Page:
Amazon is considering dropping Visa as a partner on its US co-branded credit card, after previously confirmed it would stop accepting Visa credit cards in the United Kingdom as disputes over payments intensified.
A spokesperson said the e-commerce giant is in talks with several payment networks including MasterCard, American Express and Visa, which it called its standard procedure for reviewing its co-branded credit card agreements.
Visa declined to comment on the co-branded card. MasterCard and American Express did not respond to requests for comment.
Earlier, Visa shares closed down 4.7 per cent after Amazon said it would stop taking Visa credit card payments in the UK from January 19, 2022. In a statement, it said such charges “are going down over time in line with technological advancements, but instead they remain high or continue to rise.”
In recent months, Amazon has introduced surcharges on customers using Visa credit cards in Singapore and Australia, citing higher fees as relations between the two firms deteriorated.
Since the UK’s exit from the EU, the EU-enforced limit on charges charged by card issuers no longer applies in the UK, meaning providers are free to raise fees.
Visa last month began charging 1.5 percent of the transaction value for credit card payments made online or over the phone and 1.15 percent for debit card transactions between the UK and the EU, up 0.3 percent and 0.2 percent, respectively.
According to analysts, the average credit card processing fee across the industry ranges between 1.5 percent and 3.5 percent of each transaction.
Historically, retailers accepted processing fees by major credit card firms as the cost of access to their vast networks of card users, analysts said, but that could change.
Laura Hoy, equity analyst at Hargreaves Lansdowne, said the move marks “a turning point in the payments industry,” adding Amazon may hope to bring more customers to its own payment system.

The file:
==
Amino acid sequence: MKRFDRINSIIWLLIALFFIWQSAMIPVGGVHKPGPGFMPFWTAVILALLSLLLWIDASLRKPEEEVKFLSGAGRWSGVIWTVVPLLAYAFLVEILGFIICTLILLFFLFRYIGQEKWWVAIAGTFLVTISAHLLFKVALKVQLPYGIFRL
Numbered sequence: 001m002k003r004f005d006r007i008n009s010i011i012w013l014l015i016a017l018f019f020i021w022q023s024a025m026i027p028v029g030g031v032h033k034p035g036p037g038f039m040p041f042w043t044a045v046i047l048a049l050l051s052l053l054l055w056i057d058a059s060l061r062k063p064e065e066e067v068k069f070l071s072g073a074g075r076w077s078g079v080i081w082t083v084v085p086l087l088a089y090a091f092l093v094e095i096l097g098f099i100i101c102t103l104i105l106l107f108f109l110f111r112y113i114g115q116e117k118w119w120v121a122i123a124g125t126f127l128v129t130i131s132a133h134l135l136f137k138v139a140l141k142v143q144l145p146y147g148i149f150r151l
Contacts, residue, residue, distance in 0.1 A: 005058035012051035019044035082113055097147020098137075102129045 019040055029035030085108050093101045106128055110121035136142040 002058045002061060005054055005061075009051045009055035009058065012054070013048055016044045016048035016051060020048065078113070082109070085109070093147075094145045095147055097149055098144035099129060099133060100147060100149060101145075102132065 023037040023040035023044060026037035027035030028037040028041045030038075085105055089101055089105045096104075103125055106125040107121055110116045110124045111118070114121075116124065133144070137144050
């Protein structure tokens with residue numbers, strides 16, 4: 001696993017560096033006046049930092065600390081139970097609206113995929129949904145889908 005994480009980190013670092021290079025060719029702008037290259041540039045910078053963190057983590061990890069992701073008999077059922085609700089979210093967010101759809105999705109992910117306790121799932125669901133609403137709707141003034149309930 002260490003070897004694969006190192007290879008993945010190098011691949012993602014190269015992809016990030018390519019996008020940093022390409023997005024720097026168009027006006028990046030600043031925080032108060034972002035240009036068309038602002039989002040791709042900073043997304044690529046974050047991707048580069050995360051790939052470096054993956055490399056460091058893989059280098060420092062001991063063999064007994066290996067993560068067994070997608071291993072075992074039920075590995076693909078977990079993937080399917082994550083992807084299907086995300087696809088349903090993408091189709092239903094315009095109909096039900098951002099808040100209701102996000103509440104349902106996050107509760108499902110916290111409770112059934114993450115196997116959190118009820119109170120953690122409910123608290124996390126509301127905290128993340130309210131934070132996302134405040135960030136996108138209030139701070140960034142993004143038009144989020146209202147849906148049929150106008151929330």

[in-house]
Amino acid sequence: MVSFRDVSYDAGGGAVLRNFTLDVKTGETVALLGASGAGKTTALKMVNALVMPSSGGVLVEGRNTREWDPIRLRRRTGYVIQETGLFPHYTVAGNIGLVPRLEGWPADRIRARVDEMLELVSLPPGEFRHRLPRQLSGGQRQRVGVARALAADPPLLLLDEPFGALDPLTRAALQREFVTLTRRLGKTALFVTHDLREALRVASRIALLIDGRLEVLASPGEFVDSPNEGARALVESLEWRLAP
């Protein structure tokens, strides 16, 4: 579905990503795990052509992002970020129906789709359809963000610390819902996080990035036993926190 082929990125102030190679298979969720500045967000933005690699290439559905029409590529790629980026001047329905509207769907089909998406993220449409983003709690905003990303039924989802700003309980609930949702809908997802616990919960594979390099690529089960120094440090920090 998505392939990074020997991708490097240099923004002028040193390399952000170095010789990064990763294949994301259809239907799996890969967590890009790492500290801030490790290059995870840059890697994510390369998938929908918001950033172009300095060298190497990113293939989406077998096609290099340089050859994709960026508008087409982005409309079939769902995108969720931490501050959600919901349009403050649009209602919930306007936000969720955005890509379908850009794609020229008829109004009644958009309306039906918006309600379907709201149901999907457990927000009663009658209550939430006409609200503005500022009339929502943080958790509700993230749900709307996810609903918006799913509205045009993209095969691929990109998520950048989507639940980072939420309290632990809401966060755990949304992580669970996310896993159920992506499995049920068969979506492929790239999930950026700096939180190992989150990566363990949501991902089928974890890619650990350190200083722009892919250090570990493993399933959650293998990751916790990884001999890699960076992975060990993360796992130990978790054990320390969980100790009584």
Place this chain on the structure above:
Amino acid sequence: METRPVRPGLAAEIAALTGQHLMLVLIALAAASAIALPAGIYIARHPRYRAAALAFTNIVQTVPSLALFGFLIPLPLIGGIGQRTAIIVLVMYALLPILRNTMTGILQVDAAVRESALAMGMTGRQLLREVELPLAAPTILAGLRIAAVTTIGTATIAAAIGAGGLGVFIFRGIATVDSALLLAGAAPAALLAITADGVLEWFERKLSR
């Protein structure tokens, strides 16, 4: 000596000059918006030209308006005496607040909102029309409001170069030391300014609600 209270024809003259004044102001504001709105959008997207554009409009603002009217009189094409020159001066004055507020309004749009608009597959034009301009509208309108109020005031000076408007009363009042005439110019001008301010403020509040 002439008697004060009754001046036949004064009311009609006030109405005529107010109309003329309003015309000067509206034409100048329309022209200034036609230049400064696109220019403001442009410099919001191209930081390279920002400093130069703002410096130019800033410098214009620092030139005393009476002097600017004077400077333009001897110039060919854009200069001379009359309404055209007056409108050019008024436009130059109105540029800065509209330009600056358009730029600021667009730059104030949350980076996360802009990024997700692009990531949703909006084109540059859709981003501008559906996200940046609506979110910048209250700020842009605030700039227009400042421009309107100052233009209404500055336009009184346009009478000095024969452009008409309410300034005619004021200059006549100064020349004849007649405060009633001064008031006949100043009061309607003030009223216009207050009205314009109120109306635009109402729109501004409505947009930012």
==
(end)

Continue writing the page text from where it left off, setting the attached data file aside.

“Ultimately, we think Amazon has the edge in this game of chicken — whether customers adopt its own payment system or Visa pays and reduces its fees, either is a win for the retail giant,” Hoy said.
In the past, other large retailers have settled fee disputes with Visa after announcing that they would stop carrying Visa credit cards in narrow areas of their businesses.
For example, Walmart’s unit in Canada said in 2016 that it would stop accepting Visa credit cards after being unable to reach an agreement on fees. Seven months later, the companies said they had resolved the issue as about 20 stores stopped taking Visa cards.
Amazon customers can still use Visa debit cards, Mastercard and Amex credit cards and Eurocards in the UK, Amazon said in a note to customers.
Visa said in a statement that it is “disappointed that Amazon is threatening to restrict consumer choice.”
“We continue to work towards a solution so our cardholders can use their preferred Visa credit card on Amazon UK without restrictions imposed by Amazon in January 2022,” Visa said.
Shares of rival Mastercard fell 2.8 per cent on Wednesday. Amazon shares rose 0.2%. American Express shares closed down 0.7 percent.
The British Retail Consortium said other retailers in the United Kingdom faced higher fees for cross-border payments following Britain’s departure from the European Union.
© Thomson Reuters 2021